I only recently joined the British Heart Foundation (BHF) as head of Scotland. What drew me here was not only the scale of the challenge of heart and circulatory diseases in Scotland, but the monumental efforts of so many people here to do something about them.
It’s a critical time to be joining as we look forward to the opportunities of a new decade. I’ve been reading up on the new BHF 10-year strategy that sets out the advances we’d like to see by 2030. The focus is on continuing to build on our vital research, preventing heart and circulatory diseases from developing, and ensuring that those with existing conditions live longer, better lives.
During my first few days with the charity, I was also hugely impressed by the shortlist for the BHF’s Big Beat Challenge. This international initiative challenges researchers to come up with transformational solutions to tackle the world’s biggest killer, and the shortlist is jaw-dropping. From a robotic heart to give new hope for people living with heart failure to targeting the genes that cause inherited heart conditions, these ideas show how much we can potentially achieve when we work together, and I’m looking forward to seeing which of these groundbreaking projects is awarded the £30 million funding later this year.
The future is full of exciting possibilities. But right now, heart and circulatory diseases are still a huge challenge here in Scotland. Coronary heart disease remains our single biggest killer, causing around 18 deaths every day.
It’s a huge burden on the NHS – every 50 minutes, someone in Scotland is admitted to hospital due to a heart attack, and there are around 720,000 people living with a heart or circulatory condition.
Significant progress has been made in reducing death rates, thanks to advances in diagnosis, treatment and care, many of them thanks to research funded by the BHF. When the charity was set up in the 1960s, seven in ten people who had a heart attack in this country didn’t survive. Now, seven in ten people who’ve had a heart attack return home to their families. But there is still much work to do. The recent stall in life expectancy in Scotland has been partly attributed to a slowdown in the rate of improvement in death rates from heart and circulatory diseases.
That’s why we think it’s time for a national conversation about where we go from here, and how we can deliver a heart disease strategy for Scotland that can tackle head-on the future challenges we face. We want it to involve everyone affected by heart and circulatory diseases, and we’re launching a consultation which will be available on the BHF website to hear from patients and their families, clinicians, government and other third sector organisations.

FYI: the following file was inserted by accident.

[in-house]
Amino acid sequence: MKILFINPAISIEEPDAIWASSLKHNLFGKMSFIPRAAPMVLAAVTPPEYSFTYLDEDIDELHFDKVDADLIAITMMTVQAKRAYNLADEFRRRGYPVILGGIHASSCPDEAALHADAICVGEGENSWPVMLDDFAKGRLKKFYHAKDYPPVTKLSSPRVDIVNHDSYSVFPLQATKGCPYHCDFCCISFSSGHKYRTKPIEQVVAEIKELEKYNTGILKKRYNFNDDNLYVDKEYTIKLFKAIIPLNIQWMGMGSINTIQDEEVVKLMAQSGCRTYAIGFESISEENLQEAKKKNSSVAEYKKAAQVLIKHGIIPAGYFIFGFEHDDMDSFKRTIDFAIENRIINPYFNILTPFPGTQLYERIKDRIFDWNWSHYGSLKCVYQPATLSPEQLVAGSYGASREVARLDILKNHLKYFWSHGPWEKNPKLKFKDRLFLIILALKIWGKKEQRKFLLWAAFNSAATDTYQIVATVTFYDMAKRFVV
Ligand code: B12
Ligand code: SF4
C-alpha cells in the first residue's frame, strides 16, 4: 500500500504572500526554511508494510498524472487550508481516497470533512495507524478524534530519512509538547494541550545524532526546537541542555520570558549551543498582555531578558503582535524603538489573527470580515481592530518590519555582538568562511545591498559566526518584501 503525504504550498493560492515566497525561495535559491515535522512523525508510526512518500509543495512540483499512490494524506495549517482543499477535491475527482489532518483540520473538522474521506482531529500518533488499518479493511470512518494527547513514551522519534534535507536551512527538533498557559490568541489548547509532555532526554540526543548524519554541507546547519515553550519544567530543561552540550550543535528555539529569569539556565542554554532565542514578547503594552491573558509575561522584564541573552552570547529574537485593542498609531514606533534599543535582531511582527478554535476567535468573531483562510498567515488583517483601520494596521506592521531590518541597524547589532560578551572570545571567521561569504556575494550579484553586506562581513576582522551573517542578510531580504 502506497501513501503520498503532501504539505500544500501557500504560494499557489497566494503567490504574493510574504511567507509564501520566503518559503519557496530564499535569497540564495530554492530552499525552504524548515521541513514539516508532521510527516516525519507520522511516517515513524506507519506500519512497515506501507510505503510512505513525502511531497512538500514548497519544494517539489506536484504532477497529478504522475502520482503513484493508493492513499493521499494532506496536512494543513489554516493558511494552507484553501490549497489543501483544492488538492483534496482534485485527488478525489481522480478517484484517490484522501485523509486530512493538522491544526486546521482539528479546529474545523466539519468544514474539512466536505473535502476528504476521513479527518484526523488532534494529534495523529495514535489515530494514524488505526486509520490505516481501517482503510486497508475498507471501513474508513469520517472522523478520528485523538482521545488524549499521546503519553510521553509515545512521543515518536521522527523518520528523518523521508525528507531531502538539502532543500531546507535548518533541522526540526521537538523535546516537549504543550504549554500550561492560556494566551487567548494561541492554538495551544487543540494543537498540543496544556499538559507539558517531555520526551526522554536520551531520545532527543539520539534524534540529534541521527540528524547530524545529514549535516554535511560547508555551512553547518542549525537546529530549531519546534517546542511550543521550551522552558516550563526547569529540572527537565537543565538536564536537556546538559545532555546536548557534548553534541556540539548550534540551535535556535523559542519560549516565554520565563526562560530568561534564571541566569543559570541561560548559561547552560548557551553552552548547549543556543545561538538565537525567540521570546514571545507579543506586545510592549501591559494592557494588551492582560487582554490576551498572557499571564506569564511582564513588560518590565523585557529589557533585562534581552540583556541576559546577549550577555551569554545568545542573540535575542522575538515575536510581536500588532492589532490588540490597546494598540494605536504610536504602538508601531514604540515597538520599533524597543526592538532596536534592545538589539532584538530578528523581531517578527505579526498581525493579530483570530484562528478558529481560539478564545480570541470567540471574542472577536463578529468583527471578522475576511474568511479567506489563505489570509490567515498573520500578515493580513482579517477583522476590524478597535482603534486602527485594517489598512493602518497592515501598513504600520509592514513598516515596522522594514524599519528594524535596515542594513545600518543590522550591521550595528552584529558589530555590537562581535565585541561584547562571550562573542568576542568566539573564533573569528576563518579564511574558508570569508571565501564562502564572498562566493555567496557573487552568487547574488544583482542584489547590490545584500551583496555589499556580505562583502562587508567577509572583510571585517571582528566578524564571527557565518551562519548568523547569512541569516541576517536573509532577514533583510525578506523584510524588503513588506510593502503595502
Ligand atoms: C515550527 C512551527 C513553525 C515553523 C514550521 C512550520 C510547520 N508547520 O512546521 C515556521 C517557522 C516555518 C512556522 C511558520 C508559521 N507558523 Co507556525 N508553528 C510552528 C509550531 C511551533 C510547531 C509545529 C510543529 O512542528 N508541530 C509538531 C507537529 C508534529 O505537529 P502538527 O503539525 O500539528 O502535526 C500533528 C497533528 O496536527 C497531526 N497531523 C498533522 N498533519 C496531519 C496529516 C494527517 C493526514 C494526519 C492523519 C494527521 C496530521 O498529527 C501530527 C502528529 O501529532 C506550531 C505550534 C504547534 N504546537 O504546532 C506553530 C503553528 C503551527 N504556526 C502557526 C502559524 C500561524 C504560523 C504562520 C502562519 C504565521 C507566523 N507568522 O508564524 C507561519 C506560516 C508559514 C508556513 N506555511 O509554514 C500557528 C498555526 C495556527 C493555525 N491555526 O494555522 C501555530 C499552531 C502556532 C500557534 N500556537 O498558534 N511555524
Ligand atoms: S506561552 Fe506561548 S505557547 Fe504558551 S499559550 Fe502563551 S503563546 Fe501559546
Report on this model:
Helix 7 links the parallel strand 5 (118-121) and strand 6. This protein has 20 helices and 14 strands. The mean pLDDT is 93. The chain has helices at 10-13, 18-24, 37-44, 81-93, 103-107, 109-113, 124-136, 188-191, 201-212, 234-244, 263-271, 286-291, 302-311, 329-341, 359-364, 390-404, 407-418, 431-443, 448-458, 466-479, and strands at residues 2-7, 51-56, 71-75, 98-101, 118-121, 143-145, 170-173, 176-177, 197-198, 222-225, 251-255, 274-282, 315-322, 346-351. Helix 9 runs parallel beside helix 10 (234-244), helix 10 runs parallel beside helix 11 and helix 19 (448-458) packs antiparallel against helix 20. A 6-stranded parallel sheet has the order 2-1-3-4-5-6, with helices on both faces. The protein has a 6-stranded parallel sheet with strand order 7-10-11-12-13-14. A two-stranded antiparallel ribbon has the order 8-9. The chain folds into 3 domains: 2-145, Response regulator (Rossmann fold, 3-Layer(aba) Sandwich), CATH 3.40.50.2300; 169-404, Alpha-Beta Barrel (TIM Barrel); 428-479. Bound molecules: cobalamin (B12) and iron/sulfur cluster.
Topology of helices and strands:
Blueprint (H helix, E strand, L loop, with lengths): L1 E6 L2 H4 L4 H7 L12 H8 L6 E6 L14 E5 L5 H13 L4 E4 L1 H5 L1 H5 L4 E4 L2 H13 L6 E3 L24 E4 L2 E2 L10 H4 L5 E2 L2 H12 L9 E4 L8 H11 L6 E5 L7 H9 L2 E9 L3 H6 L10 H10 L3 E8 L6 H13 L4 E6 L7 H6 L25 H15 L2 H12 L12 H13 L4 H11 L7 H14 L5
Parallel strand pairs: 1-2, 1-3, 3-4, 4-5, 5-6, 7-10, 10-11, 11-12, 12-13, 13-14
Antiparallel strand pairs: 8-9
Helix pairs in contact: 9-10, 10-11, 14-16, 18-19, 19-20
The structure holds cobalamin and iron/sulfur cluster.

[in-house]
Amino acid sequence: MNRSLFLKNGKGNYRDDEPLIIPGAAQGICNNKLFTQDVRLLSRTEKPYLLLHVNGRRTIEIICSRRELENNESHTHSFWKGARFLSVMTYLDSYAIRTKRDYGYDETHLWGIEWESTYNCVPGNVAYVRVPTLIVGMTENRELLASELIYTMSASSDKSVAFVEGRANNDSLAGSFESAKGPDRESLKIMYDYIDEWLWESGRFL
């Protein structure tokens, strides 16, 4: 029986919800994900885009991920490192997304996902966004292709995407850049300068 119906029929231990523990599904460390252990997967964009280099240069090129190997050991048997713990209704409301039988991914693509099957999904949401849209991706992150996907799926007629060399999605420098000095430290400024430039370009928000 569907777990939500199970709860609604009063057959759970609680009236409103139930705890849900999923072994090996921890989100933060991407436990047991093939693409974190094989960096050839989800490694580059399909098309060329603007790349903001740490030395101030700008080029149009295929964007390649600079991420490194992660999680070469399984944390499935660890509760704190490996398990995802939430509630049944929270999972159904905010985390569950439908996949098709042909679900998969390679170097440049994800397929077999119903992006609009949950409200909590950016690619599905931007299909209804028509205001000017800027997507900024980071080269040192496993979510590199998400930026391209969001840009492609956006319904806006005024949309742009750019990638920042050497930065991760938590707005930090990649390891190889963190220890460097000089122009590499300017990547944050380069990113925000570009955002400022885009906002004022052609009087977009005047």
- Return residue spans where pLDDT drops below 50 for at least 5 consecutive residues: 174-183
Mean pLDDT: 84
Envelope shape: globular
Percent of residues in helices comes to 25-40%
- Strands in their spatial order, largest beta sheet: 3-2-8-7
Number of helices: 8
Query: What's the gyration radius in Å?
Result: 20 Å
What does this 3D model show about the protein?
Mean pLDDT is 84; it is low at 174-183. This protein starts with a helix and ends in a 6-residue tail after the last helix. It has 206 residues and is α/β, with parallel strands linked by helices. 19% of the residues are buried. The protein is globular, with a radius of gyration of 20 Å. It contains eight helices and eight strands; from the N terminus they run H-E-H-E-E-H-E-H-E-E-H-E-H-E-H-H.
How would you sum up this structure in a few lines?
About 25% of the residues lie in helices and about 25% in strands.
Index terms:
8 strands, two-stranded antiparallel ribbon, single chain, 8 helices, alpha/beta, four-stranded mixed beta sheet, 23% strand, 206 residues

Currently, the Scottish Government’s work in this area is set out in the Heart Disease Improvement Plan, published in 2014. This was an update of the Better Heart Disease and Stroke Care Action Plan from 2009. But the healthcare system has changed a lot in the last ten years and the pace of change is only increasing.
Healthcare policy has also moved on, with significant opportunities presented by innovations in technology and approach. For example, Realistic Medicine promotes a more personalised approach and greater input into decision making for patients, and the General Medical Services contract, published in 2018, sets out plans to expand the multi-disciplinary teams in GP practices and reshapes how people with long-term conditions engage with this part of the health care system.
At BHF Scotland, we’ve been working with a number of health boards, funding work around risk factors like high blood pressure. These projects are using technology to help people to monitor their own condition at home. This can empower patients to manage high blood pressure more effectively, and ensure more efficient use of NHS time and resources.
Harnessing advances in technology is key to future success but we recognise that it brings its own challenges, including the need for cohesive long-term planning and an investment in equipment, workforce and training, especially to enable staff to keep up with developments.
BHF is currently investing around £66million in Scotland to research the heart and circulatory conditions that devastate so many lives. Although our research starts with the heart, it doesn’t end there. We’re also investigating the health damage caused by air pollution, the growing numbers of people living with vascular dementia, and the inequalities often faced by women in cardiovascular diagnosis and care.
A lot has been achieved in the last decade but we’re determined to keep working to meet the challenges faced by each family affected by heart and coronary diseases in Scotland. I’m keen to get to work with our volunteers, staff and supporters to ensure that BHF Scotland is equipped for the future. I also look forward to working with our partners in the third sector and government to develop the new strategy we need to meet the challenges of the 2020s together and beat heartbreak for Scotland.
James Jopling, head of BHF Scotland.